This happens when a rider holds the horse’s head too tightly, squeezing it against the neck and forcing the jaws open.
In this case, an abundant amount of foam will drip from his mouth onto his neck and shoulders, which is definitely not a sign of relaxation.
So it’s not just the foam. We need to also look at the horse’s posture, to see if the horse is relaxed or not.
Horses foam at the mouth when eating
Horses will typically produce saliva when they eat, but extra saliva is produced when horses eat certain foods, like dry forage, pellets, and some treats (sugar, carrots. apples)
In these cases, foam will be seen at the mouth due to the additional saliva and friction in the mouth caused by chewing.
It is believed that horses evolved to have latherin in their saliva to help them digest dry forage.
When Foaming at the mouth can be a reason for concern
Although it is uncommon, sometimes foaming at the mouth and drooling can be a reason for concern. It may be a sign of a medical problem and can vary from mild to severe.
The horse may have been grazing in a pasture with clover infected by a fungus called Rhizoctonia leguminicola, which causes horses to produce an excess of saliva. This condition is commonly known as “slobbers”.
This fungus exists most commonly in red and white clover and produces brown or gray spots on the leaves.
This fungus rarely causes harm, and the horses quickly recover as soon as they are removed from the pasture.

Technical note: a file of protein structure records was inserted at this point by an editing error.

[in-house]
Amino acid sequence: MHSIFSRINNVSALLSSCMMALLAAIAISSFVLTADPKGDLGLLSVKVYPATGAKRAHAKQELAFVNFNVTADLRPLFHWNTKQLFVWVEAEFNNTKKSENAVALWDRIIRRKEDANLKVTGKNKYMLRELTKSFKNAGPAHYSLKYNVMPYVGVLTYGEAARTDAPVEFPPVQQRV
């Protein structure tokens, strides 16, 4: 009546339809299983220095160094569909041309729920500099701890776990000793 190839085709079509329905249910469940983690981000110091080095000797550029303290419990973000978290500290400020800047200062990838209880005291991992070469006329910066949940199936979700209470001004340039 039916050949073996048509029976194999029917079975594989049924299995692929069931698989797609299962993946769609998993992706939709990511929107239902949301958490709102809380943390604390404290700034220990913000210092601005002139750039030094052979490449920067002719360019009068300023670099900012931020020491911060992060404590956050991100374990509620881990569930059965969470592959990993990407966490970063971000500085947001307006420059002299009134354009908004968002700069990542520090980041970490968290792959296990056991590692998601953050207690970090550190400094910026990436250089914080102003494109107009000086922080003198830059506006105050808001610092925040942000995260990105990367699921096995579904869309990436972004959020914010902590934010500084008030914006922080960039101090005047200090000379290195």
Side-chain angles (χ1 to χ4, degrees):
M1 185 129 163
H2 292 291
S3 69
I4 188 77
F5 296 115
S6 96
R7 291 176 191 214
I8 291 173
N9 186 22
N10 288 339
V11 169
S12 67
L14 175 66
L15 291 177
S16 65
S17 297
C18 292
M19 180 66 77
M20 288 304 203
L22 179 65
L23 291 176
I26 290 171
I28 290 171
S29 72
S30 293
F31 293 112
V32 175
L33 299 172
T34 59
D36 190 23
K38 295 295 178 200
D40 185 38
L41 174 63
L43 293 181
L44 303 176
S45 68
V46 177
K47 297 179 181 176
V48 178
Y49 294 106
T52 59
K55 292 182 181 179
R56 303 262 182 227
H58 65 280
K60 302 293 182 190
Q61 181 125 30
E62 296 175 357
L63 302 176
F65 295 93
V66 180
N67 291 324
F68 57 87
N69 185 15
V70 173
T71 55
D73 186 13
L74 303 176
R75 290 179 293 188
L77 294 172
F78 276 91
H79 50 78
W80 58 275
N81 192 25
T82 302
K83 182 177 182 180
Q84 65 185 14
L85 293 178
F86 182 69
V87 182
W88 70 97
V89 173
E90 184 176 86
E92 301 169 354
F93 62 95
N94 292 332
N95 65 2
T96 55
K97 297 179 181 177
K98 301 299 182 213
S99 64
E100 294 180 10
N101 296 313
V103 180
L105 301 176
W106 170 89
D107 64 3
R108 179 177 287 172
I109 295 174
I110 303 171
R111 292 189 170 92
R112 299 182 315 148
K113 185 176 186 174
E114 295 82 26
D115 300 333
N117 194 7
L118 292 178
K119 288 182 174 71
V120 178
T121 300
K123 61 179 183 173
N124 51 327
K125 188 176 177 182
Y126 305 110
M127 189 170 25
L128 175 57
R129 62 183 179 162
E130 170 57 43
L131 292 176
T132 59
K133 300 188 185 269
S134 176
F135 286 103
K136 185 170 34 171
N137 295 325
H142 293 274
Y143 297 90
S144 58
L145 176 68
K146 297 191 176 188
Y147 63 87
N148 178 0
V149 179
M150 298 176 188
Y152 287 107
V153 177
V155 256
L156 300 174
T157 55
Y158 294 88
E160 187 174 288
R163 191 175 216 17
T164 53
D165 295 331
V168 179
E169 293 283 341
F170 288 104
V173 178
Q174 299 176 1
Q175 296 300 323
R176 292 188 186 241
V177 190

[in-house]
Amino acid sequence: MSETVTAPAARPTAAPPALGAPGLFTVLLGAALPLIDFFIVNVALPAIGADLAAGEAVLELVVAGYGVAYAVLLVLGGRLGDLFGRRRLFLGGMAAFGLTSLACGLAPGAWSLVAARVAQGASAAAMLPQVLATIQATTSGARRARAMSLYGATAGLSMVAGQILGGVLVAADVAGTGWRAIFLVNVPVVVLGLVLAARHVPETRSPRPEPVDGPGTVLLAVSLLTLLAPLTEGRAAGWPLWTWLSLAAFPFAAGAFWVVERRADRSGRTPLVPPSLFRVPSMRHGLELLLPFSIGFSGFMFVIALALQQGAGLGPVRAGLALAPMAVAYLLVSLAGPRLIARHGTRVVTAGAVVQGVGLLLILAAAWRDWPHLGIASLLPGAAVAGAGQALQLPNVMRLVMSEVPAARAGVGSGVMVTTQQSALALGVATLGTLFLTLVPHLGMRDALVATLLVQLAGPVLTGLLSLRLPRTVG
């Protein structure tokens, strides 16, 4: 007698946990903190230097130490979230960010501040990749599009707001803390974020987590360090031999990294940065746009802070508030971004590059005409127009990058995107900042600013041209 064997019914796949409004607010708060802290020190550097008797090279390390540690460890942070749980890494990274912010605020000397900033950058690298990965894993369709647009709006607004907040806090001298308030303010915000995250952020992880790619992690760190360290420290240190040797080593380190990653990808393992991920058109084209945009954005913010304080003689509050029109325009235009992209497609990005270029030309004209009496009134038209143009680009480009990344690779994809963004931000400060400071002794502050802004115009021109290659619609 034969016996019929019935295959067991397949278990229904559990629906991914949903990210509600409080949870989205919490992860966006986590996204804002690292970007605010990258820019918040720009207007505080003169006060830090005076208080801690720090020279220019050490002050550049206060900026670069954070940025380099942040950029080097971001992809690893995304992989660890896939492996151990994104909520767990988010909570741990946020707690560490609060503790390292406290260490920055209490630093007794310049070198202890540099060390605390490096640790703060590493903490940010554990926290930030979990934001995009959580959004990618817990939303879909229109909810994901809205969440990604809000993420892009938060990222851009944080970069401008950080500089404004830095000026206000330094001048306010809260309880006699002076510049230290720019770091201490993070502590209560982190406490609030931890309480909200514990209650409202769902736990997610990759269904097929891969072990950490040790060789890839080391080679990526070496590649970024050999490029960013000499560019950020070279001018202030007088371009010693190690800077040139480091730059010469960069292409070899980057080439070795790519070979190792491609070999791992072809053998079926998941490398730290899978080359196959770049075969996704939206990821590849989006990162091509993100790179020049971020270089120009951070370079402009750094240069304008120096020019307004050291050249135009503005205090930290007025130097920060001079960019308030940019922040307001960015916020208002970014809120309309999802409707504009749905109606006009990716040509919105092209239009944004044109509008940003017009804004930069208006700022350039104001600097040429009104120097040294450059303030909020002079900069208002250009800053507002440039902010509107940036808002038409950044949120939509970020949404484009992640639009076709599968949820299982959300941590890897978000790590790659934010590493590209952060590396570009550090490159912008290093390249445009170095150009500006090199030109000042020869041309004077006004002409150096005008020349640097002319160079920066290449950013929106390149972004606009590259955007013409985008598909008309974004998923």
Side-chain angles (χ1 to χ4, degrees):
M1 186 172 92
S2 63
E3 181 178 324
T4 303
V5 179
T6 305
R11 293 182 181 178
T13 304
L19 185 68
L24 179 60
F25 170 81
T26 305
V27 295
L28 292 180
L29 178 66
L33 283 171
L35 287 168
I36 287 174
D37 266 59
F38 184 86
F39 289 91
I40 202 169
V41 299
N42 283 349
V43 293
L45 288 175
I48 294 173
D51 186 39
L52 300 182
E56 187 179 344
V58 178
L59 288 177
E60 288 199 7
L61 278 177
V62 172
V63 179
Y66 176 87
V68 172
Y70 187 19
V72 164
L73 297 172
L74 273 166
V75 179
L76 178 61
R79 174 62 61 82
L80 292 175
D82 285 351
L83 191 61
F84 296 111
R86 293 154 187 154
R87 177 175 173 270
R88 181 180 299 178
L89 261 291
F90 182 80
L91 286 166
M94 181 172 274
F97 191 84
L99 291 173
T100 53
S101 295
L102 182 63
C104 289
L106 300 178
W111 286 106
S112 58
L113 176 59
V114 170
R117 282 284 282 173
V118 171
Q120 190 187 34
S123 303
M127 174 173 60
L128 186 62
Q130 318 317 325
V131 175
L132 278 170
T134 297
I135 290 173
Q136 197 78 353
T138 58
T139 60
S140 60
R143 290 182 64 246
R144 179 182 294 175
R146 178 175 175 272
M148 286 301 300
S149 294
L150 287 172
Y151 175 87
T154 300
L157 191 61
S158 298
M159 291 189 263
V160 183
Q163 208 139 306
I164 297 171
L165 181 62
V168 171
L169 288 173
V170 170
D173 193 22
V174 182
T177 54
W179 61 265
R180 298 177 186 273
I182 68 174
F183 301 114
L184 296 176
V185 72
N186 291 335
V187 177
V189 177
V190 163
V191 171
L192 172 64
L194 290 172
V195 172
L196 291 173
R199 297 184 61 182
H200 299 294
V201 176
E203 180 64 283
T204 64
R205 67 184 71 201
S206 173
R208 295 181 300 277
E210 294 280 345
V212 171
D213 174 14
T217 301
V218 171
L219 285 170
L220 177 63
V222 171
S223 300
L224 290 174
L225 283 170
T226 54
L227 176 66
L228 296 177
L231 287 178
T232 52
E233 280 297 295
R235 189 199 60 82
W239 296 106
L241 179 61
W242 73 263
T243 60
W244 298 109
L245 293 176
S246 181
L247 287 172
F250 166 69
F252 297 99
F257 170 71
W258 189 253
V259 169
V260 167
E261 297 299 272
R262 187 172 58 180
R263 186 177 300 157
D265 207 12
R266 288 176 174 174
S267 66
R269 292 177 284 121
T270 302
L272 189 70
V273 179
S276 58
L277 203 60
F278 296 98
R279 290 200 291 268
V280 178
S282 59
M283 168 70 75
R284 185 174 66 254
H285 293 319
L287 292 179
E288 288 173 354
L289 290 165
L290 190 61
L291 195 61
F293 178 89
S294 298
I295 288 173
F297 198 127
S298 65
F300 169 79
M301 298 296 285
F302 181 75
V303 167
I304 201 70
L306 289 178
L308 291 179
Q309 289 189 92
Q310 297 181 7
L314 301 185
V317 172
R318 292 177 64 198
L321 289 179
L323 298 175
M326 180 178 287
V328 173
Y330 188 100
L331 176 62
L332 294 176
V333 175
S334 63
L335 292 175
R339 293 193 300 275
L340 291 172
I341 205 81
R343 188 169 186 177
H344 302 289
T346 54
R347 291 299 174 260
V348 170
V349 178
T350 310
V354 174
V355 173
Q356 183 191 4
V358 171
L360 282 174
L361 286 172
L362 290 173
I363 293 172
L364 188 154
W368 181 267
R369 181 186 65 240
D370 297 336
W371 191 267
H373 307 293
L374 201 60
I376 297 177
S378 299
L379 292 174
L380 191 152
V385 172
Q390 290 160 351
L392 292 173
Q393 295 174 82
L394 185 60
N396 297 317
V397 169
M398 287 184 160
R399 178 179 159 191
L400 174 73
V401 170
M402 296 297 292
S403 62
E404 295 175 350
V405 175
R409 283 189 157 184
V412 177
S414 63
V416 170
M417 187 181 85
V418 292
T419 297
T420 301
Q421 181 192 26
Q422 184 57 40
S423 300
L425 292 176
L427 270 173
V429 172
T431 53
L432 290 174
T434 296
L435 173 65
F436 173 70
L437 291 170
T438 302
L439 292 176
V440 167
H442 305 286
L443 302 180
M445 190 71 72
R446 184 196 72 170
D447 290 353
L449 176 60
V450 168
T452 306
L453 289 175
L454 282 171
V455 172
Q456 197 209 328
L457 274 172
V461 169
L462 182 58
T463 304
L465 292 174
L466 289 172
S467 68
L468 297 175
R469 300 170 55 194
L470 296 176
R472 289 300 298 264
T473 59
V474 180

Certain types of insecticides can be toxic to horses. However, besides drooling, other symptoms are also present, such as frequent urination, diarrhea, colic, difficulty breathing.
This medical condition requires immediate treatment, and you should urgently call a veterinarian. Horses can’t vomit, so only a veterinarian can help to remove the toxic substance from within the horse’s body.
Mouth injury or ulcers
When the gums have injuries or ulcers, the horse will produce excessive saliva and foam. Sometimes the foam will be reddish with blood.
Many things can cause oral injuries and ulcers, such as teeth with sharp edges, foreign objects, grass awns, toxic plants, and viruses.
When a horse is choking, he will have a green or brown foamy discharge coming out of his nose and mouth, along with other symptoms such as snorting, coughing, stretching his neck, and shaking his head.
Horses will choke when something gets stuck in the esophagus, such as food that is too dry or not thoroughly chewed, food that swells quickly after being chewed, or any foreign object.
Read more about horse choke in our article that explains why horses can´t vomit.
Gastric tumors and liver diseases
Although quite rare, gastric tumors and liver disease may cause excessive salivation, among other symptoms.
This infectious disease is 100% fatal, but fortunately can be prevented if the horse is vaccinated.
It occurs when a horse is bitten by an infected animal (dog, raccoon, skunk, fox, or bat) carrying the virus.
The virus then travels along the peripheral nervous system to the brain. This explains why many of the symptoms of rabies are of a neurological nature.
Besides excessive saliva and foaming, the horse will present highly variable symptoms, and therefore this disease is difficult to diagnose. The horse can be restless and very aggressive (bucking or biting), but he can also show signs of depression, lack of appetite, and progressive paralysis.
If a horse has rabies, the final outcome is always death.
Equine Viral Arteritis (EVA)
This infectious disease also causes excessive salivation in horses, among other symptoms like fever, depression, swelling of the belly and limbs, Inflammation, and ulcers in the mouth.
As we have seen, horses foam at the mouth because of the protein called latherin, which produces foam when the saliva is agitated.
Horses may foam at the mouth for different reasons; some are good, while others are problematic. With the right knowledge, you can more easily identify what may be the cause for the foam on your horse’s mouth. But when in doubt, always call your veterinarian.